S. 495, A Bill to establish a Women’s Army Auxiliary Corps for service in the Army of the United States, January 21, 1943
Congress and the American public initially had difficulty accepting the idea of women serving in the Army during World War II. Political and military leaders faced with fighting a far-flung, two-front war, however, concluded that women could supply desperately-needed resources and skills. Women’s units were later established in the Navy, Air Force, and Marines.
Records of the U.S. Senate, National Archives and Records Administration
Serving the Nation: Women’s Army Corps
In 1941 Representative Edith Nourse Rogers of Massachusetts introduced a bill to allow women to volunteer for service in the U.S. Army in non-combat roles. President Franklin D. Roosevelt signed the Women's Army Auxiliary Corps Act into law in 1942. The following year, Congress approved legislation granting women full military status and allowing them to enlist directly in the Army for the first time. By the end of World War II, more than 150,000 American women had served in the Women’s Army Corps.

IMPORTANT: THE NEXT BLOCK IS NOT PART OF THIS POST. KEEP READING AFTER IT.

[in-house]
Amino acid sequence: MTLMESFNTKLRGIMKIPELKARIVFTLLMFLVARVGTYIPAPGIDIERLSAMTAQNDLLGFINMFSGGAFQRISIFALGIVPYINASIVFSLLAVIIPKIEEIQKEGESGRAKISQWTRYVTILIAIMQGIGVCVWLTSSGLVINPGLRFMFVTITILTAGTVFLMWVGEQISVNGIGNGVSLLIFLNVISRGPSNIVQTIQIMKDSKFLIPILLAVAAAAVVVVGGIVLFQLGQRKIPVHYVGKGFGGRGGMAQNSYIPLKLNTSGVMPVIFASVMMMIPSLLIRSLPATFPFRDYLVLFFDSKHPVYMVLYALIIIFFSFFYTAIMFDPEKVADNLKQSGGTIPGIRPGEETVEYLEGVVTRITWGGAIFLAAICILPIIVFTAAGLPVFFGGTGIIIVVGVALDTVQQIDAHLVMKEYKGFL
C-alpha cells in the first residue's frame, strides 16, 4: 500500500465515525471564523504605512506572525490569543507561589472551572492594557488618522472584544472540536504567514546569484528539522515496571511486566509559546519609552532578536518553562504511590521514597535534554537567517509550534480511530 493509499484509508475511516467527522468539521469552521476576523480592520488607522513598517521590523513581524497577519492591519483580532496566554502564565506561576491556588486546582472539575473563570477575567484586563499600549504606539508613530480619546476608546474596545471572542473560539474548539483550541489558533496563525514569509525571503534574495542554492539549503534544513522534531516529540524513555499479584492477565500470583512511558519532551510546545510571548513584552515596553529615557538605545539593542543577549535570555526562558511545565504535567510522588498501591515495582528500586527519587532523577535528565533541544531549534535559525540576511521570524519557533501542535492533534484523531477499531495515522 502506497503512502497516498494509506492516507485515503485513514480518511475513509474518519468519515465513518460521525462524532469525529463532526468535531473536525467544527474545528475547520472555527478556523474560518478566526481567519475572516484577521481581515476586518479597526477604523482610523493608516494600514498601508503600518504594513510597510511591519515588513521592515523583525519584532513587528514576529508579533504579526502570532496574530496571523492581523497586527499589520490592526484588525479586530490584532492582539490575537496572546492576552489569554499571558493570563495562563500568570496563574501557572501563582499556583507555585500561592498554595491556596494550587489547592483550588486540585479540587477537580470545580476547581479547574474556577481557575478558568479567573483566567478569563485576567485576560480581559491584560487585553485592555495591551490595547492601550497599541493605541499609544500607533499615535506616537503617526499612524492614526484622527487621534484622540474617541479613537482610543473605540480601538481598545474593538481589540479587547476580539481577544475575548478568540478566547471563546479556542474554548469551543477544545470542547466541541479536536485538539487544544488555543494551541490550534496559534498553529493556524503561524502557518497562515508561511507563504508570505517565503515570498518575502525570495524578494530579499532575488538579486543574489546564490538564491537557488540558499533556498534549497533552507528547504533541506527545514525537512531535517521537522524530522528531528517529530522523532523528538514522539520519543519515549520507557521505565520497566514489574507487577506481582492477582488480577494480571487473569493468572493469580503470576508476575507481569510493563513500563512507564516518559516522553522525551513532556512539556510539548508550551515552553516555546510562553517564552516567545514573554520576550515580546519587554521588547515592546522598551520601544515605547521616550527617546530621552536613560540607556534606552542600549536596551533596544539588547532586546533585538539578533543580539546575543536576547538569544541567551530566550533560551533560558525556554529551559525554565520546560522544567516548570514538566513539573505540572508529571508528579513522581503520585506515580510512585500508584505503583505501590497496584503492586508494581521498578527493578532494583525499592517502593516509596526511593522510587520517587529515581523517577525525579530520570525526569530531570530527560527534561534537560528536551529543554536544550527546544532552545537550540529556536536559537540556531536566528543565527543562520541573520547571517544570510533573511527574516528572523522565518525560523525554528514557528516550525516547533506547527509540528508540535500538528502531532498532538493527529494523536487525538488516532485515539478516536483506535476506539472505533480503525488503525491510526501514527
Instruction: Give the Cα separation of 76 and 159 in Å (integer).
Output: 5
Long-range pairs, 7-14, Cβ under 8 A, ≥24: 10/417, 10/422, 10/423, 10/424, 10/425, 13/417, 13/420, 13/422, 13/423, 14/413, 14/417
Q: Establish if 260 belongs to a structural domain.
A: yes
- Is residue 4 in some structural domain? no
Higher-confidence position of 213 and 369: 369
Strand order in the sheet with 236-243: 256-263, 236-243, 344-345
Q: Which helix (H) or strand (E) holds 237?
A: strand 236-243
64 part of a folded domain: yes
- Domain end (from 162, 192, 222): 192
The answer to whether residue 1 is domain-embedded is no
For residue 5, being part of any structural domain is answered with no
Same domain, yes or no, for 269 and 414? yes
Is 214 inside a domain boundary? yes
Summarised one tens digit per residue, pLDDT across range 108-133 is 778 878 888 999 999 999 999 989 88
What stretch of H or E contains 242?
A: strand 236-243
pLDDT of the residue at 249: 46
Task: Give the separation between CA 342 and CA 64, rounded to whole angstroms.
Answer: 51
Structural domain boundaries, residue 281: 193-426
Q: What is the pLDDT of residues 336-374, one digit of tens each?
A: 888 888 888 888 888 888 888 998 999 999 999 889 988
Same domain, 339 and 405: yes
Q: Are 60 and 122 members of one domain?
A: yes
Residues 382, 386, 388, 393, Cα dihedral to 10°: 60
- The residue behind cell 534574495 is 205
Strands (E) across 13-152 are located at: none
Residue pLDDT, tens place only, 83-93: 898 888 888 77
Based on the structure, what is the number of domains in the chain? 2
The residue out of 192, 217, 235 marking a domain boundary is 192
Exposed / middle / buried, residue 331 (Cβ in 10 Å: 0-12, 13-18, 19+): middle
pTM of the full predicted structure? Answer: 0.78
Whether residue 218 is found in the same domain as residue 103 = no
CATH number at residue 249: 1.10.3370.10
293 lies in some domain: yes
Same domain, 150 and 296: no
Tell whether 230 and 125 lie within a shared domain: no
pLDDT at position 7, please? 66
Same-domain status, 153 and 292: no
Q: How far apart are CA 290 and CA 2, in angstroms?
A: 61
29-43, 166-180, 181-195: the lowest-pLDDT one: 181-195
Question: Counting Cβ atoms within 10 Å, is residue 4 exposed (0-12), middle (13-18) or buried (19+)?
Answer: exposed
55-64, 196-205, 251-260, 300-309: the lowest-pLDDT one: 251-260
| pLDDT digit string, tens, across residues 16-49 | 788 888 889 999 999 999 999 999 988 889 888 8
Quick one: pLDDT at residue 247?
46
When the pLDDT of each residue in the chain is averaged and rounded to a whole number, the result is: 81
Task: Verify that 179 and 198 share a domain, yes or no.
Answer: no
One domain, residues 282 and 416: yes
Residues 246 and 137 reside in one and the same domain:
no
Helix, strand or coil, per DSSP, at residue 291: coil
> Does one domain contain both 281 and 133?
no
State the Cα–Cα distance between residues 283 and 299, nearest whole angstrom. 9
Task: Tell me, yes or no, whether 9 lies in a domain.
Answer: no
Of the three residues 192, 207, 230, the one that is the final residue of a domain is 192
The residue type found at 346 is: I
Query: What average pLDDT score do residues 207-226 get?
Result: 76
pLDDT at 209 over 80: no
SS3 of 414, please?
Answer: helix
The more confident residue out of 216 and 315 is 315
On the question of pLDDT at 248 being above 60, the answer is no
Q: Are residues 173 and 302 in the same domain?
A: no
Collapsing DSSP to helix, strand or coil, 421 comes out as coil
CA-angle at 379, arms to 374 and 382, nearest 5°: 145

If we are to have total war . . . there is a very definite place for women in it. Modern war recognizes no limitations of battlefields, no gender of its participants. To win a total war every resource, every service must be utilized.
Representative Edith Nourse Rogers of Massachusetts, Speech to the U.S. House of Representatives, March 17, 1942